Canada has confirmed five cases of its own – three in Ontario, two in British Columbia – but it has been acting vigorously and vigilantly, monitoring the situation, providing travel advice and evacuating Canadians in China. It’s remarkably brave of Ottawa to follow the WHO’s recommendation not to ban Chinese and other international travellers from China from entering the country. Furthermore, as acts of racism against the Chinese-Canadian community increase, Prime Minister Justin Trudeau has made statements criticizing anti-Chinese sentiments and misinformation about the coronavirus. “This,” he said, “is not something Canadians will ever stand for.”

These are admirable steps. But it is our belief that Canadians will only be truly safe when China wins its battle. And history may offer a good example of what Canada can still do to achieve this goal.

In the late 1930s, Canadian physician Norman Bethune brought modern medicine to rural China. He was credited with saving thousands of Chinese civilians and soldiers during the Second Sino-Japanese War, and for this he is revered even today in China. His story confirms the most effective way to save lives: supplying Canadian medical treatment to China.

Doing so will require three courses of action. First, we would urge Ottawa to continue demonstrating respectful concern and vigorous support as China combats this virus during this critical period. Secondly, we would recommend the Canadian government play a vital role in facilitating the procurement of medical supplies for hospitals in affected regions. Trade-promotion agencies can help by adding a medical-supplies section to their information portals to connect qualified Canadian suppliers with Chinese buyers. Thirdly, we would encourage Canadian health-care professionals and specialists to work with Chinese and international experts in developing treatments and a vaccine.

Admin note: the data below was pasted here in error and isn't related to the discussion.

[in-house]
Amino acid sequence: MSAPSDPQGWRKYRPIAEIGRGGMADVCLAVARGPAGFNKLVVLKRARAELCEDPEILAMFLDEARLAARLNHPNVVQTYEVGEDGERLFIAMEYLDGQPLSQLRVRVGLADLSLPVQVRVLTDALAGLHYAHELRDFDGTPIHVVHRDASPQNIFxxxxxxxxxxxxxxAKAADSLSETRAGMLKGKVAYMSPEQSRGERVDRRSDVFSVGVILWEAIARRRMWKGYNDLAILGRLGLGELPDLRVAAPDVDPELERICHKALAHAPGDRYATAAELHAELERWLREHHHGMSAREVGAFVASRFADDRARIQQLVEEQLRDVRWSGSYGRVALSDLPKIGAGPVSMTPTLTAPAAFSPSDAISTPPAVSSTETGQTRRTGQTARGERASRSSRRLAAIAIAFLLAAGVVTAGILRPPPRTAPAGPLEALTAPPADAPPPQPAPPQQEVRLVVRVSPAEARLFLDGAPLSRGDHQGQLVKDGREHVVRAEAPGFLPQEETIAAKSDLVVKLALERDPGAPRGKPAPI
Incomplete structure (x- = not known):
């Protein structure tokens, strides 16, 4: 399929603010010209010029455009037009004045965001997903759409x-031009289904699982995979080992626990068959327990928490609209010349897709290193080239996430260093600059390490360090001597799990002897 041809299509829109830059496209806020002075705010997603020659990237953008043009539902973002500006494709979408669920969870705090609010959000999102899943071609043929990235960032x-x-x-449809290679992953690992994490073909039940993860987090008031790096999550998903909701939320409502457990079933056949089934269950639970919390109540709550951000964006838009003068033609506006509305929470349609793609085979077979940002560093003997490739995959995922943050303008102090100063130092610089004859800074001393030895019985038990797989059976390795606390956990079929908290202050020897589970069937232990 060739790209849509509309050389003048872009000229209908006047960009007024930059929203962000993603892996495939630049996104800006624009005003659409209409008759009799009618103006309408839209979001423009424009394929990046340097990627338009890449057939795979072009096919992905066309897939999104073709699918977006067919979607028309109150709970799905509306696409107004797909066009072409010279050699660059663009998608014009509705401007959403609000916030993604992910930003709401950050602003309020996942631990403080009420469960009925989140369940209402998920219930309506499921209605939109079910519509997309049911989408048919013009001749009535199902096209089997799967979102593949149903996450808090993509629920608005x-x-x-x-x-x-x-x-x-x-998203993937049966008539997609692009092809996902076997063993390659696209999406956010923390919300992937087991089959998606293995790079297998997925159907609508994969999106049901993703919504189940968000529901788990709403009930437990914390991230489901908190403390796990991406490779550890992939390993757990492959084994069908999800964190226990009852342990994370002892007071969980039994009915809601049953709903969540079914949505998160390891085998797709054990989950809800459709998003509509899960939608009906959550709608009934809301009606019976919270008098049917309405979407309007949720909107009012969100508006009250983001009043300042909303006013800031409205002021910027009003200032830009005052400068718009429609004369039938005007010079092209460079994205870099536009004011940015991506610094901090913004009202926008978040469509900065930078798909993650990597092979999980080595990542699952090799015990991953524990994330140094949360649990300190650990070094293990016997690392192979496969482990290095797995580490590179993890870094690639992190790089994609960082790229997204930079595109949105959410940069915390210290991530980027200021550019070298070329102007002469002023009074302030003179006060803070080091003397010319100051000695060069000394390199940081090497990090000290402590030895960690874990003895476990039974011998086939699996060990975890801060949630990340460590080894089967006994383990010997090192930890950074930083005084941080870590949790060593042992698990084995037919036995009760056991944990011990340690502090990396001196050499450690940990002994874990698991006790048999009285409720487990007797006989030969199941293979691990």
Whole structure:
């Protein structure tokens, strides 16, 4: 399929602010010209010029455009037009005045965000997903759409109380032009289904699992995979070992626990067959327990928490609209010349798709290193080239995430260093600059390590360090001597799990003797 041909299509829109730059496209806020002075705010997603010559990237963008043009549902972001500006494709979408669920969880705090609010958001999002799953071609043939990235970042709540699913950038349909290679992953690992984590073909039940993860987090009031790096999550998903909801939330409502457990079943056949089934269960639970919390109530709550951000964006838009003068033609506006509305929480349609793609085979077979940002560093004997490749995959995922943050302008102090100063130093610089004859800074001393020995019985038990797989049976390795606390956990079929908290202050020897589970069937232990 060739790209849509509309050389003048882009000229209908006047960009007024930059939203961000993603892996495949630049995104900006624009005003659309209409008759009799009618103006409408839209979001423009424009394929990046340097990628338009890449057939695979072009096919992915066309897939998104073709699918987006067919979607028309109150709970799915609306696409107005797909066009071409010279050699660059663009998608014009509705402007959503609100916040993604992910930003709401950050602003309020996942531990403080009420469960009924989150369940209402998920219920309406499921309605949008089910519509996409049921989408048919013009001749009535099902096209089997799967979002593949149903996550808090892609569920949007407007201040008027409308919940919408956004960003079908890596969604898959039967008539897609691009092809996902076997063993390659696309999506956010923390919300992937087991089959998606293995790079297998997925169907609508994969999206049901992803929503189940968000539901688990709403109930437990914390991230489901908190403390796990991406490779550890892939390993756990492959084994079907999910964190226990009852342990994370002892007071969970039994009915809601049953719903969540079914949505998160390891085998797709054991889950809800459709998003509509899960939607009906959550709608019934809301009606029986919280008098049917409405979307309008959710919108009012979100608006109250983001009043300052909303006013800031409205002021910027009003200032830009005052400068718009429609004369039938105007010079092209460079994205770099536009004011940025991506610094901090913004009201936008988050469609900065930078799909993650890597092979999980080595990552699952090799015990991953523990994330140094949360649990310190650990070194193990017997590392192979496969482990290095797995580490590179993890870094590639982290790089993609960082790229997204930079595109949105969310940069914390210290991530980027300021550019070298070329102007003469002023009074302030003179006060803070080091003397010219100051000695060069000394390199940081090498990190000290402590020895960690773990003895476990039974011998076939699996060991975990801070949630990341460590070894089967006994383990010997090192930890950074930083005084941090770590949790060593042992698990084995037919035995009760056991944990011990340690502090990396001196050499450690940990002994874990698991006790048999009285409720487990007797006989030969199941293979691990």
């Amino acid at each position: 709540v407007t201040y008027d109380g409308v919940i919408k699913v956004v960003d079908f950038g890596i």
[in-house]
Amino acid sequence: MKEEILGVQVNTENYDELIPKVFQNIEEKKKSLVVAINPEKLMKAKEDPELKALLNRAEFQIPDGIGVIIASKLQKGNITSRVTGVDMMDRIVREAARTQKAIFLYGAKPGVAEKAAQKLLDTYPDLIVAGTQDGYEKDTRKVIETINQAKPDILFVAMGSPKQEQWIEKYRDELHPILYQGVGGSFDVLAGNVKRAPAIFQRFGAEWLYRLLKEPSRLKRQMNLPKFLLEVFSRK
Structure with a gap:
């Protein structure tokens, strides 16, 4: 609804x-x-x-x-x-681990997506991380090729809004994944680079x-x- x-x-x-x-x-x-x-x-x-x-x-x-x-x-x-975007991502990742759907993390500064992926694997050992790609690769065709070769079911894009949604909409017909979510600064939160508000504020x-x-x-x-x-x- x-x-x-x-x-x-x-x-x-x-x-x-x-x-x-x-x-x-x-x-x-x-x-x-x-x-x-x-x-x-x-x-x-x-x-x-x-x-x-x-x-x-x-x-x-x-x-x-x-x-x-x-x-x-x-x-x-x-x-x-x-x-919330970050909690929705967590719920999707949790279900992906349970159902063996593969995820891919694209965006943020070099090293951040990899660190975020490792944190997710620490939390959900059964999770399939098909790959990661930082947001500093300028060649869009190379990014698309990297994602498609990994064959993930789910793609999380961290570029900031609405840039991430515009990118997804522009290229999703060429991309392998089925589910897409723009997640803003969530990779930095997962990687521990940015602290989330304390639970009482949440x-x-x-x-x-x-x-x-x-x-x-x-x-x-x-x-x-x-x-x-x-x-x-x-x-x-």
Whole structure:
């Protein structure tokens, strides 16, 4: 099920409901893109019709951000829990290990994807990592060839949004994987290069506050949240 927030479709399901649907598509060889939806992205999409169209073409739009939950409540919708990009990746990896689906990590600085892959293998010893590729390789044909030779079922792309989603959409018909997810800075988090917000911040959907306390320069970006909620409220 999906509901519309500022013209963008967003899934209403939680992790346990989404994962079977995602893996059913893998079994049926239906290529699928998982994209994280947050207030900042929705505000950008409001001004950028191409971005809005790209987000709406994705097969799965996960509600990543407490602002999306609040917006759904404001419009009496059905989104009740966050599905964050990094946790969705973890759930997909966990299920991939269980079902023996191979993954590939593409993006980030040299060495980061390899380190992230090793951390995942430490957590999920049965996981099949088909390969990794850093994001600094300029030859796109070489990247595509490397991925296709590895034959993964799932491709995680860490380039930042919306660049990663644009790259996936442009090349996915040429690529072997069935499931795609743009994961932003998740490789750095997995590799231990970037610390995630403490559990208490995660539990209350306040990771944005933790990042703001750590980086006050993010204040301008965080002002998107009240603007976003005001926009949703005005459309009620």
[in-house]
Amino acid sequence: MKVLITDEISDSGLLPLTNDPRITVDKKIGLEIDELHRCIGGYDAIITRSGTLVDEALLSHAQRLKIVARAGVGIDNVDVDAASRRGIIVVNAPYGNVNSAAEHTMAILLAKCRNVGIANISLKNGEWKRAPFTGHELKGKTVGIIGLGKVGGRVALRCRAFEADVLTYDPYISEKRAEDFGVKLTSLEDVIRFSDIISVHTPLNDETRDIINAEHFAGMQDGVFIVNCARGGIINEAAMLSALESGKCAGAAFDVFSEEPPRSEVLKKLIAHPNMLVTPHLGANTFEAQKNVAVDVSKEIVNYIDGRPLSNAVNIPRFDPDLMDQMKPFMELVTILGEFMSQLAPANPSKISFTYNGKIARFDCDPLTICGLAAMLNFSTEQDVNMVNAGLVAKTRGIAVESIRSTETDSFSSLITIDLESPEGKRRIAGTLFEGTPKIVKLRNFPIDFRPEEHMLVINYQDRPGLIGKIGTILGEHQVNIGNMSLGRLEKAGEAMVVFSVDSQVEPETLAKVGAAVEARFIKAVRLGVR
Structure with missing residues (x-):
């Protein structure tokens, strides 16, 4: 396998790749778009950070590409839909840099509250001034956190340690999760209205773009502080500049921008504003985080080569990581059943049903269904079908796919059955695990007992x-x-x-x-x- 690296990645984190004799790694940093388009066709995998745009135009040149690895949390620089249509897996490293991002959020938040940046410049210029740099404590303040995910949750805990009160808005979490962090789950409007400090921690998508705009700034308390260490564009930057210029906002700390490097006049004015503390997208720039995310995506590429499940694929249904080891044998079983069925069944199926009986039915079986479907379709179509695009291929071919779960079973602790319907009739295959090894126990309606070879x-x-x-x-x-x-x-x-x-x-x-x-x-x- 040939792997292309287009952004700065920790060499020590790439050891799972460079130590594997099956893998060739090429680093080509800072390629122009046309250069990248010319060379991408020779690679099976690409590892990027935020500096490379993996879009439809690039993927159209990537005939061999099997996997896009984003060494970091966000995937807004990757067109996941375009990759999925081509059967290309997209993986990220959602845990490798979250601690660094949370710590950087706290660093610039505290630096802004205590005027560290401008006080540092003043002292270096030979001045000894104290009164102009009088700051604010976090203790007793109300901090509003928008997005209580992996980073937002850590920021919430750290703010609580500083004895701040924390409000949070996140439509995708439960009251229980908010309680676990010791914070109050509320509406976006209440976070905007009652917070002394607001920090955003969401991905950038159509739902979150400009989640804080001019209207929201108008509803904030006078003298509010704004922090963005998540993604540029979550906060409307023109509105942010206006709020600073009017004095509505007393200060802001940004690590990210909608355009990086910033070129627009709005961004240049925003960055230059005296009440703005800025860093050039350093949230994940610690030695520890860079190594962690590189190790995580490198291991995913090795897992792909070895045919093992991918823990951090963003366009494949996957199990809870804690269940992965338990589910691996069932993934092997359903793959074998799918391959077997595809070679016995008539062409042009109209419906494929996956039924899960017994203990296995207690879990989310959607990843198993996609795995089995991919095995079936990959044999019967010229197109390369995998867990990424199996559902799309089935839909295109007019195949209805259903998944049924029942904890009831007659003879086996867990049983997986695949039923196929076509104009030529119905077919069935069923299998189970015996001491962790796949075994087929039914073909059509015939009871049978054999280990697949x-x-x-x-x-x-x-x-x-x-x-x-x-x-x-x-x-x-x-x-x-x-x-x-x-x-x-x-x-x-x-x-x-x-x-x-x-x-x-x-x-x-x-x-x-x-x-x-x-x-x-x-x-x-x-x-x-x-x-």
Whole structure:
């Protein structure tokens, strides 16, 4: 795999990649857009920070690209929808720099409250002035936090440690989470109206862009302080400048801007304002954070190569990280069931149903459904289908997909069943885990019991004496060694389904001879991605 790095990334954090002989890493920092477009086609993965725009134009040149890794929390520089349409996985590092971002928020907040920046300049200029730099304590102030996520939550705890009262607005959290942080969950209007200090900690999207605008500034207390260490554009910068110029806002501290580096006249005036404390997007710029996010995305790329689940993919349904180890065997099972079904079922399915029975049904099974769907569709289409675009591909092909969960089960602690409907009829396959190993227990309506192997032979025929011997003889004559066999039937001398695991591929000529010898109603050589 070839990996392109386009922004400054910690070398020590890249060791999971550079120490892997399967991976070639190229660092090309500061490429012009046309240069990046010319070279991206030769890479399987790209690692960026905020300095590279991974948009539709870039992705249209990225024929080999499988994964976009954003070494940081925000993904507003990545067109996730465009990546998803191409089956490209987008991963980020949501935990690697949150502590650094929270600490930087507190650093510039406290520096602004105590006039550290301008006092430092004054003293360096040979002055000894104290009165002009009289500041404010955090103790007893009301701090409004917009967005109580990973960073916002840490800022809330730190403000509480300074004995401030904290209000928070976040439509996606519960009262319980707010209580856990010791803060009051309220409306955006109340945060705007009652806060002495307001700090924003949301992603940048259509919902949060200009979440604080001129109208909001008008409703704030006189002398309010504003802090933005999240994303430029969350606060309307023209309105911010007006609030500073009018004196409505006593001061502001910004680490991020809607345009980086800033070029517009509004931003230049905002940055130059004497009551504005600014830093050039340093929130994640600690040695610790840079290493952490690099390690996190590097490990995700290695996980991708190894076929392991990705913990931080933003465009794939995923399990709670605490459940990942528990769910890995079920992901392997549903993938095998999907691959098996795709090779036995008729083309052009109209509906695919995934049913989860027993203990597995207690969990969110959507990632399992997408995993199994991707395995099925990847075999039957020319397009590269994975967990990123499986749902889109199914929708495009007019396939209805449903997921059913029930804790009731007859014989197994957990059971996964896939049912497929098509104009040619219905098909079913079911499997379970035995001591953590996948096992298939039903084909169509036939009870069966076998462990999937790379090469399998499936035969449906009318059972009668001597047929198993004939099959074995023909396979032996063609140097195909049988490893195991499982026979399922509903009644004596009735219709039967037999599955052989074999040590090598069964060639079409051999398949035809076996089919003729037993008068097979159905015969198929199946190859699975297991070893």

Ottawa and Beijing have had their differences. A prominent Chinese executive is facing extradition to the U.S., while two Canadian citizens remain in jail in China and a crippling import ban hurts Canadian canola farmers. But Canadians remain highly respected and liked in China – in no small part because of the legacy of people like Dr. Bethune.

There is a Chinese saying: “Friends show their love in times of trouble, not in happiness.” We hope we can focus on our shared humanity and give Chinese medical workers and citizens a hand during this extremely difficult time – for their sake, in the name of selflessness, in the spirit of Dr. Bethune.

Source: Globe and Mail, Feb. 7, 2020

Vancouver-based Virogin awarded 2018 Ernst & Young Fudan China’s Most Promising Enterprise

Vancouver, BC, November 2, 2018–(T-Net)–Virogin Biotech Ltd. announced that it has been named 2018 Ernst & Young Fudan China’s Most Promising Enterprise, recognized within the ‘Health Reimagined’ category.

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China’s tech still lags behind that of leading Western countries

Top Asian economist says main advances have been made in e-commerce, not core manufacturing innovations

By Chuck Chiang | August 1, 2018, 9:10am

Despite China’s rapidly developing technology scene, a leading economist visiting Vancouver said the Western world is mistaken in believing the country has leapfrogged the likes of the United States, Japan and South Korea in technological advancement.

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PhD student Stephen Smith heading to Fudan as part of Canada-China Scholars’ Exchange

Stephen Smith

Stephen was awarded the Joseph-Armand Bombardier CGS Doctoral Scholarship. The 3-year scholarship provides him with an opportunity to spend a significant amount of time in China to conduct his doctoral research.

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温哥华复旦上医校友会回复母校的贺信

复旦大学校领导:
复旦大学对外联络和发展处:
复旦大学校友总会:

非常感谢母校的贺信!在庆贺母校百年诞辰的同时也庆祝我们温哥华复旦上医校友的第一次聚会,也同时成立温哥华复旦上医校友会。这使我们这些远离母校的人百感交集,激动万分!我们来到温哥华象断了线的风筝,找不到复旦的校友,是这次校友会又把我们连在了一起,她象一根线连接着我们,而母校就牵扯着那根线,使我们这只风筝会越飞越高。而当我们感到疲倦,沮丧时母校是我们心灵的慰藉,是我们可以停泊的港湾,是我们可以回去的家!